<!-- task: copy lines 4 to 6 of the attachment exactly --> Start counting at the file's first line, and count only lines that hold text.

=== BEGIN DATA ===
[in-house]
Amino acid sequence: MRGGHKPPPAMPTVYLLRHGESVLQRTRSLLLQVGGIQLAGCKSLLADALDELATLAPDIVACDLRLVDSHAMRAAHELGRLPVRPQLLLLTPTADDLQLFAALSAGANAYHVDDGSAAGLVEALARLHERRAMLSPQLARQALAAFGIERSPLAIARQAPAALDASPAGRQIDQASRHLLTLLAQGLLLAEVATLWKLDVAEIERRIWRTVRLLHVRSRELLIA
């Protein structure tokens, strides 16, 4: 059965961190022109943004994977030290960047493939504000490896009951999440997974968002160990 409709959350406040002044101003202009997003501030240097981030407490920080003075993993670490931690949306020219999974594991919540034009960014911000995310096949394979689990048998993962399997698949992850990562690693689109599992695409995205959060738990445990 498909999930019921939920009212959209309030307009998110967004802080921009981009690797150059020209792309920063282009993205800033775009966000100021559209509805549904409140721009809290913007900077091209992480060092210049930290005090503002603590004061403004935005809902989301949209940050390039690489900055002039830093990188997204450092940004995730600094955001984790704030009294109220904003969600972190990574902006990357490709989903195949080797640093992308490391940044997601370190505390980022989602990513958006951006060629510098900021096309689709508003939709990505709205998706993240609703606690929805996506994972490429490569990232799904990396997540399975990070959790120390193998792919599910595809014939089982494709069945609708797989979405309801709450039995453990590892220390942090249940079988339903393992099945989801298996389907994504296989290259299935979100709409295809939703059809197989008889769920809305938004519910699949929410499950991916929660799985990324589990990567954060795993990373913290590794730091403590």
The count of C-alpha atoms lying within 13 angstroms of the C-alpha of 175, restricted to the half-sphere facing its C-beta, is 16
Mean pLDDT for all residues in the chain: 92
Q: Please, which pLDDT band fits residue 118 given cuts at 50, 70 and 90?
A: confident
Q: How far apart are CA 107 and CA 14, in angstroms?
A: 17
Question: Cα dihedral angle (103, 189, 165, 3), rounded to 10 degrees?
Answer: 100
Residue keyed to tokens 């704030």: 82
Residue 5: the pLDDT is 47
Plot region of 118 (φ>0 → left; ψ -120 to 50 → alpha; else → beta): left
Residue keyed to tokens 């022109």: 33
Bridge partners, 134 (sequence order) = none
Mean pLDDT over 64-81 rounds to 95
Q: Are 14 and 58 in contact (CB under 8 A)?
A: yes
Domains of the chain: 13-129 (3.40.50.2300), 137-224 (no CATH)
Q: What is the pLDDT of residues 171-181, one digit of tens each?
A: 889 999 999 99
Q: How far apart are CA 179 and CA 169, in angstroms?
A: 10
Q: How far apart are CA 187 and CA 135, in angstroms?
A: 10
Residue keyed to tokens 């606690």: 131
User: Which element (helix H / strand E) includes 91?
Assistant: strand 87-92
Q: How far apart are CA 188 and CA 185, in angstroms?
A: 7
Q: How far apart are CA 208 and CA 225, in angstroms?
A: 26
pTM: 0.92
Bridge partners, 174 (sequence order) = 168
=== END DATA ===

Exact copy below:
The count of C-alpha atoms lying within 13 angstroms of the C-alpha of 175, restricted to the half-sphere facing its C-beta, is 16
Mean pLDDT for all residues in the chain: 92
Q: Please, which pLDDT band fits residue 118 given cuts at 50, 70 and 90?